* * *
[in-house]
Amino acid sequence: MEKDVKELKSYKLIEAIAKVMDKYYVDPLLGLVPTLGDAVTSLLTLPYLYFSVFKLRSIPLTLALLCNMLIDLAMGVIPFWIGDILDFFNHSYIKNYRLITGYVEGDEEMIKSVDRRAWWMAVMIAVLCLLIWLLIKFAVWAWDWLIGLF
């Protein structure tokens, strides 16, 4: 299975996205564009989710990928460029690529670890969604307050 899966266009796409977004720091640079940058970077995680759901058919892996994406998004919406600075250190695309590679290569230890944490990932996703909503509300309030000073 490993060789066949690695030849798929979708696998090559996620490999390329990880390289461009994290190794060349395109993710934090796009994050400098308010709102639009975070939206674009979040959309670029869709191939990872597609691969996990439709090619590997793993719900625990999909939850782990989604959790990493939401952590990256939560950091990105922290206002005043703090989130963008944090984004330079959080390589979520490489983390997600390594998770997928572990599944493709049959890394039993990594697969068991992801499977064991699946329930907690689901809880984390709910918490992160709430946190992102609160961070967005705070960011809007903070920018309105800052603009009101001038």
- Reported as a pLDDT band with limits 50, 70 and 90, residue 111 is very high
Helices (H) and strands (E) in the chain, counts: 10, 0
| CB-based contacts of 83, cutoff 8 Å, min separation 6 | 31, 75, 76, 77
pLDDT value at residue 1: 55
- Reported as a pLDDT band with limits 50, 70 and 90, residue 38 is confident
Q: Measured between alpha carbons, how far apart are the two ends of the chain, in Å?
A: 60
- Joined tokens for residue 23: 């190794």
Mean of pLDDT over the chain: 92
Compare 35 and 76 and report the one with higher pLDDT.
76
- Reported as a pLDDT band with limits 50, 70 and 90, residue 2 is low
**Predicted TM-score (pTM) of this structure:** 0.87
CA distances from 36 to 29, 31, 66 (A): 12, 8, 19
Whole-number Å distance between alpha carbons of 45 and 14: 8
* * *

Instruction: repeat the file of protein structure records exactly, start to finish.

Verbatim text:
[in-house]
Amino acid sequence: MEKDVKELKSYKLIEAIAKVMDKYYVDPLLGLVPTLGDAVTSLLTLPYLYFSVFKLRSIPLTLALLCNMLIDLAMGVIPFWIGDILDFFNHSYIKNYRLITGYVEGDEEMIKSVDRRAWWMAVMIAVLCLLIWLLIKFAVWAWDWLIGLF
């Protein structure tokens, strides 16, 4: 299975996205564009989710990928460029690529670890969604307050 899966266009796409977004720091640079940058970077995680759901058919892996994406998004919406600075250190695309590679290569230890944490990932996703909503509300309030000073 490993060789066949690695030849798929979708696998090559996620490999390329990880390289461009994290190794060349395109993710934090796009994050400098308010709102639009975070939206674009979040959309670029869709191939990872597609691969996990439709090619590997793993719900625990999909939850782990989604959790990493939401952590990256939560950091990105922290206002005043703090989130963008944090984004330079959080390589979520490489983390997600390594998770997928572990599944493709049959890394039993990594697969068991992801499977064991699946329930907690689901809880984390709910918490992160709430946190992102609160961070967005705070960011809007903070920018309105800052603009009101001038």
- Reported as a pLDDT band with limits 50, 70 and 90, residue 111 is very high
Helices (H) and strands (E) in the chain, counts: 10, 0
| CB-based contacts of 83, cutoff 8 Å, min separation 6 | 31, 75, 76, 77
pLDDT value at residue 1: 55
- Reported as a pLDDT band with limits 50, 70 and 90, residue 38 is confident
Q: Measured between alpha carbons, how far apart are the two ends of the chain, in Å?
A: 60
- Joined tokens for residue 23: 């190794």
Mean of pLDDT over the chain: 92
Compare 35 and 76 and report the one with higher pLDDT.
76
- Reported as a pLDDT band with limits 50, 70 and 90, residue 2 is low
**Predicted TM-score (pTM) of this structure:** 0.87
CA distances from 36 to 29, 31, 66 (A): 12, 8, 19
Whole-number Å distance between alpha carbons of 45 and 14: 8